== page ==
Page last updated on 3/20/2018
The State of Maryland passed a law (General Code 14-501) which requires children under 18 who have suffered a head injury while playing on a state or county field be removed from play for evaluation. In order to return to play, they must obtain written clearance from a licensed healthcare provider trained in the evaluation and management of concussion.
What is a concussion?
A concussion is a brain injury or trauma caused by a hit or blow to the head. Concussions can range from mild to severe and can occur even if the athlete doesn't lose consciousness. If untreated, concussions in youth athletes can change the way their brain works and can lead to long-term developmental problems including permanent brain damage.
Symptoms and Signs of a possible concussion in youth players:
- Blurry, fuzzy, or double vision
- Sensitivity to light and/or noise
- Concentration problems or memory lose
- Feeling sluggish
- Balance and dexterity problems or dizziness
- Slurred speech
- Vomiting or weak stomach
- General confusion
Recommended Return to Play Procedures/Tips:
If a player is suspected of having a concussion, they NEED to seek medical attention immediately.
- Youth participants should be kept out of all athletic activities (including practice) when a concussion is suspected/diagnosed. While the brain is healing from a trauma, athletes are significantly more likely to receive a second concussion if they begin athletic activity too soon.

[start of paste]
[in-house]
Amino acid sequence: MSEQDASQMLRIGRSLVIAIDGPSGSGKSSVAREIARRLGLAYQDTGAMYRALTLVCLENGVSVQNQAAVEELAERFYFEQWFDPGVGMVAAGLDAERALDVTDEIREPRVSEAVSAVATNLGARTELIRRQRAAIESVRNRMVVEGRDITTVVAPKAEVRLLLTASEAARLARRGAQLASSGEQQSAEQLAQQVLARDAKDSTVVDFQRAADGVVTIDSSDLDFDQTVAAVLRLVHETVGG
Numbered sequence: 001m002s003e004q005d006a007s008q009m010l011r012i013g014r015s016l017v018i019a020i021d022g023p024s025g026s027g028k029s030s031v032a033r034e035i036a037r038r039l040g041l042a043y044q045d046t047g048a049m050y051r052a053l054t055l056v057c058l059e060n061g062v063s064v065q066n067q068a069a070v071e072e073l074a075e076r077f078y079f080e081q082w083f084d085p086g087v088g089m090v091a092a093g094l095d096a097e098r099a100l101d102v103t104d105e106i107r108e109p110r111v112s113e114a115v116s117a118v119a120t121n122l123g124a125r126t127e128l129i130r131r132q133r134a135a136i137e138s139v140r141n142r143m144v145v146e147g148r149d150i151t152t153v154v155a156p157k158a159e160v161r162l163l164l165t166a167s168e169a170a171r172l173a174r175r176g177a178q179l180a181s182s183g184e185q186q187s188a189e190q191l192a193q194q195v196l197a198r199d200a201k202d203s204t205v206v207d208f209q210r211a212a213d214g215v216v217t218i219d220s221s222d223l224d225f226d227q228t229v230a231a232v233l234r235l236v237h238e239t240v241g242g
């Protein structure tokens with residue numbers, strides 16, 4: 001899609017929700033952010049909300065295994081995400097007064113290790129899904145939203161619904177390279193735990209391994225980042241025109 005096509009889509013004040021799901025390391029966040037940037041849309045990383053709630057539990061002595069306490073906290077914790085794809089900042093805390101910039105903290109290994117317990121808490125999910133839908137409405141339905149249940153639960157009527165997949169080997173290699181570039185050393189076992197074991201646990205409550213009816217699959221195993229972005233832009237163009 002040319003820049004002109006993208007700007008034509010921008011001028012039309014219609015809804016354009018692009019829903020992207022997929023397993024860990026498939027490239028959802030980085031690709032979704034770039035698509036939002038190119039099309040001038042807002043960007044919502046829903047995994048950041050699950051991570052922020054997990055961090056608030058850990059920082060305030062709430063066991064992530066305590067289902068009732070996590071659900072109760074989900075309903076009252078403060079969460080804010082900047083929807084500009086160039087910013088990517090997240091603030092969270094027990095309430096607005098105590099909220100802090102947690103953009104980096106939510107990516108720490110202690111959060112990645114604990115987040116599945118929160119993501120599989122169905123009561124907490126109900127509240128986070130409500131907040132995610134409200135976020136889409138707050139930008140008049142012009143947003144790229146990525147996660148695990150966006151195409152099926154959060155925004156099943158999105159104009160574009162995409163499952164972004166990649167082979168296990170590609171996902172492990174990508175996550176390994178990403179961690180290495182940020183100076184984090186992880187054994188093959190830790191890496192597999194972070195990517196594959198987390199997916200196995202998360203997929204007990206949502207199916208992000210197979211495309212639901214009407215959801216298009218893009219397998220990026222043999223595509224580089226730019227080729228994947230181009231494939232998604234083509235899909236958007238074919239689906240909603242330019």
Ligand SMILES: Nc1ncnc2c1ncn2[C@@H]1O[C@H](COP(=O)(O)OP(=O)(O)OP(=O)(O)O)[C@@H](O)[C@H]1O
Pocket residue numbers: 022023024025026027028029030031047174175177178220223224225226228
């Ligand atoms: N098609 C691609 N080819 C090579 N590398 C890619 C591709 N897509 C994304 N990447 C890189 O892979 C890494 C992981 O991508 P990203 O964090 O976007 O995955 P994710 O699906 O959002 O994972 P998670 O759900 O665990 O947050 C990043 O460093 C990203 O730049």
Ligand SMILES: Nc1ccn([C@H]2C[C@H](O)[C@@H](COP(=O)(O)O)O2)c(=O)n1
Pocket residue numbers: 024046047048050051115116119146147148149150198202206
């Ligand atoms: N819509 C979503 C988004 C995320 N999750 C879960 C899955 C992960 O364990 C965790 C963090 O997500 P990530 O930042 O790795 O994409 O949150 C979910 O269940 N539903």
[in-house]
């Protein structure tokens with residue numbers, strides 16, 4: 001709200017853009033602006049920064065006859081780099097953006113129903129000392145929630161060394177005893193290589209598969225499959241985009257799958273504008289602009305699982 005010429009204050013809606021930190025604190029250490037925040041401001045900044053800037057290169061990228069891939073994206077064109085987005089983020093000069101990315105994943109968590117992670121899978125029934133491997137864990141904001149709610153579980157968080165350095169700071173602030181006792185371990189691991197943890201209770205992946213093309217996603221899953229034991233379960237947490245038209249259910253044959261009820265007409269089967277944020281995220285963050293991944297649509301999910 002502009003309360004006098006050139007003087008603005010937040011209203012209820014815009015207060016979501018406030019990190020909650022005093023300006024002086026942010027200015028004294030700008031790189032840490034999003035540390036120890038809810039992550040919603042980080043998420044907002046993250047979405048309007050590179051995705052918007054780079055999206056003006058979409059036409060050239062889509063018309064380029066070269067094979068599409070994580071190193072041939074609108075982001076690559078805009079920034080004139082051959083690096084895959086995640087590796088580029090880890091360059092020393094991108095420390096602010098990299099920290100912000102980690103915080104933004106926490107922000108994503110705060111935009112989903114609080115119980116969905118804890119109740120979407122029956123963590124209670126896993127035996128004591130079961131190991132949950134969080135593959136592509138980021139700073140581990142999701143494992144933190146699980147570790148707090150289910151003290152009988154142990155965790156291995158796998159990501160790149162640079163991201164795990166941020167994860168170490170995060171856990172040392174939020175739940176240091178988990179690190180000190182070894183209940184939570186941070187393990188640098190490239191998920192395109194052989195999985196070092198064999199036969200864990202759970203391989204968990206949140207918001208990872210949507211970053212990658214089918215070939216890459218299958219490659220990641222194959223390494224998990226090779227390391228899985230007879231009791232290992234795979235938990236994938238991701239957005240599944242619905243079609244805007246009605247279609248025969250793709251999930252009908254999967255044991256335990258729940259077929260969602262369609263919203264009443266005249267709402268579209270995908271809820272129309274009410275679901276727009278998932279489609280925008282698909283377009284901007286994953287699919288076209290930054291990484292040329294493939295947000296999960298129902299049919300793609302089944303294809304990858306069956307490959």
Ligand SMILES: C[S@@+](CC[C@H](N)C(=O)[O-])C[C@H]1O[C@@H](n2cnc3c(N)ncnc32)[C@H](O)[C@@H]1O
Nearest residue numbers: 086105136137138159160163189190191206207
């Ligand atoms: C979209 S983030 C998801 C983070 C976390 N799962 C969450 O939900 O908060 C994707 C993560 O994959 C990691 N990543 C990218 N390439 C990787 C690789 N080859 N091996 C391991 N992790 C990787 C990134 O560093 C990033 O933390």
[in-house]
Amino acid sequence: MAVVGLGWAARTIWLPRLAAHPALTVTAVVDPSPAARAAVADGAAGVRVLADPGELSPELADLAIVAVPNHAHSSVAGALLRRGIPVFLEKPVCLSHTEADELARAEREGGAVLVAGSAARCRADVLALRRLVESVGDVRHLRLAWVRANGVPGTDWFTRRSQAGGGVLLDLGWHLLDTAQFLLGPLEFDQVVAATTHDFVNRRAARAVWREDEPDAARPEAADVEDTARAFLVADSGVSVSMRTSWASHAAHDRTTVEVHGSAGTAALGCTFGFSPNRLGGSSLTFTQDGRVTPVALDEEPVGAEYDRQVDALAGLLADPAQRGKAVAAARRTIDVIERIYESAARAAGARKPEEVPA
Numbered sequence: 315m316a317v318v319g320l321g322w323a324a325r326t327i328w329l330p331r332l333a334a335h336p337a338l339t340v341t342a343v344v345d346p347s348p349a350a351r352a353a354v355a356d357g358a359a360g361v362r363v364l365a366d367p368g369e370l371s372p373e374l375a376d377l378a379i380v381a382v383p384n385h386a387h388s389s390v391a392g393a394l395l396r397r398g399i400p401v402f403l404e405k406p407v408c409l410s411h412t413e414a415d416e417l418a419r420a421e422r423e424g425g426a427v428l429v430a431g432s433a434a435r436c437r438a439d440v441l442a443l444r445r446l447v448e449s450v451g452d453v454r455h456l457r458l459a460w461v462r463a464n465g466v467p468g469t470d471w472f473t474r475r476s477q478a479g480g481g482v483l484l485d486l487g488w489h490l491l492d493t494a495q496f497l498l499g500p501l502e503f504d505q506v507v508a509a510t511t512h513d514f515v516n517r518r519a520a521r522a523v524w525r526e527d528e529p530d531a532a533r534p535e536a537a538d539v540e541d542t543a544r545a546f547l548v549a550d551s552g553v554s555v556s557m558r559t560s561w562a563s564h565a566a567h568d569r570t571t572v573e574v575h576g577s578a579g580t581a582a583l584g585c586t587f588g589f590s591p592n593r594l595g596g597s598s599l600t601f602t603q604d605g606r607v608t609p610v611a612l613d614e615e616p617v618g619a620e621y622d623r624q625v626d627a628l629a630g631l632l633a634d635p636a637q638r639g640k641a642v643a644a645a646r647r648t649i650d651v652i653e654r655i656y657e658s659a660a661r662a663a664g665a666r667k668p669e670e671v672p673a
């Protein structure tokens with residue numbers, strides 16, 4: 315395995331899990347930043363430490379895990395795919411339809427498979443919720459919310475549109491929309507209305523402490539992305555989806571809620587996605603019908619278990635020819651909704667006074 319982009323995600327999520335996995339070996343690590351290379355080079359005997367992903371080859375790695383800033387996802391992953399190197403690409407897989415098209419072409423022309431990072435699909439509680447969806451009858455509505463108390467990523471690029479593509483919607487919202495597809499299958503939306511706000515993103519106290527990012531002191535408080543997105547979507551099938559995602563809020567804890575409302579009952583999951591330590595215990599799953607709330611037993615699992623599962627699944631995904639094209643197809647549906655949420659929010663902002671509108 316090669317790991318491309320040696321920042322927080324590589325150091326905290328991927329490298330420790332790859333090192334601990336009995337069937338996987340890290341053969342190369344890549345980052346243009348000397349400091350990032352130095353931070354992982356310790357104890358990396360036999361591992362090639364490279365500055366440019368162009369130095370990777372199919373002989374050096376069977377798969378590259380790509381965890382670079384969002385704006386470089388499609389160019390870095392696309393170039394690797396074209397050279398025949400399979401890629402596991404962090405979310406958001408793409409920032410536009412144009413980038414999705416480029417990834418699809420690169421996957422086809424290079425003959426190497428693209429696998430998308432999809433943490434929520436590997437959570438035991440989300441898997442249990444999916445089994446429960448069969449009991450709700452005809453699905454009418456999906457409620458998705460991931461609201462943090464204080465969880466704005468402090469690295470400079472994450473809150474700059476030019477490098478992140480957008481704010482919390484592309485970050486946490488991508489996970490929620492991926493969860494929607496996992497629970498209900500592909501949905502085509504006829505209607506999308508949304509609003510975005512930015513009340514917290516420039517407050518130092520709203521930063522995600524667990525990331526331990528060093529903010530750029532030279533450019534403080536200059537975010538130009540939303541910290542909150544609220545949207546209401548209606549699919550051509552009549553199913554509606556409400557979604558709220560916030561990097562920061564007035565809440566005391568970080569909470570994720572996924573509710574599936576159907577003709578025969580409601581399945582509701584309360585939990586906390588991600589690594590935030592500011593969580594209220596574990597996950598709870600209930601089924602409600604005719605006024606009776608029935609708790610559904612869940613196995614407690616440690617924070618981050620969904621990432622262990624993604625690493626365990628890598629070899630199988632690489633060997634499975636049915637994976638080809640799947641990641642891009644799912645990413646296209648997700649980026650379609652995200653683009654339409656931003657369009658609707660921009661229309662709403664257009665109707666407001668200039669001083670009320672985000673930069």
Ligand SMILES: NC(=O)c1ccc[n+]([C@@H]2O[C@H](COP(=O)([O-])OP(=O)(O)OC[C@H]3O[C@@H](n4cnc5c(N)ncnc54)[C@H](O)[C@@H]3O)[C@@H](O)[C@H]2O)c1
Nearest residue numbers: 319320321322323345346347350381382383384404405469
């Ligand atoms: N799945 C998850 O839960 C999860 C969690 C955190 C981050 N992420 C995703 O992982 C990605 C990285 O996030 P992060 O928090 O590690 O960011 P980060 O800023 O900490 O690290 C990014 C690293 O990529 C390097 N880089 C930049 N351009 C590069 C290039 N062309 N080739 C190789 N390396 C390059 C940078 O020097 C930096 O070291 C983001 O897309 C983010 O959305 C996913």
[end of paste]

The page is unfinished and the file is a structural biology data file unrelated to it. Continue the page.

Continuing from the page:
- Keep possibly concussed athletes away from any cognitive activities that require concentration or intense focus. Activities such as video games, computer work, cell phone games, lengthy TV watching, should be all avoided.
- Do not give any medication to an athlete who is suspected of having a concussion unless it was previously prescribed or authorized by a physician after the trauma.
- The State of Maryland, US Youth Soccer, and MSYSA mandate that no youth athlete be permitted to return to competition (games or practice) until they are cleared by a physician.
What is a Cardiac Arrest and how do I detect it?
Sudden Cardiac Arrest (SCA) is a potentially fatal condition in which the heart suddenly and unexpectedly stops beating. When this happens, blood stops flowing to the brain and other vital organs. SCA in student athletes is rare; the chance of SCA occurring to any individual student athlete is about one in 100,000. However, student athletes’ risk of SCA is nearly four times that of non-athletes due to the increased demands on the heart during exercise.
Causes: SCA is caused by several structural and electrical diseases of the heart. These conditions predispose an individual to have an abnormal rhythm that can be fatal if not treated within a few minutes. Most conditions responsible for SCA in children are inherited, which means the tendency to have these conditions is passed from parents to children through the genes. Other possible causes of SCA are a sudden blunt non-penetrating blow to the chest and the use of recreational or performance-enhancing drugs and/or energy drinks.
Click "HERE" for more details on Cardiac Arrest
Player / Parent Acknowledgement Statement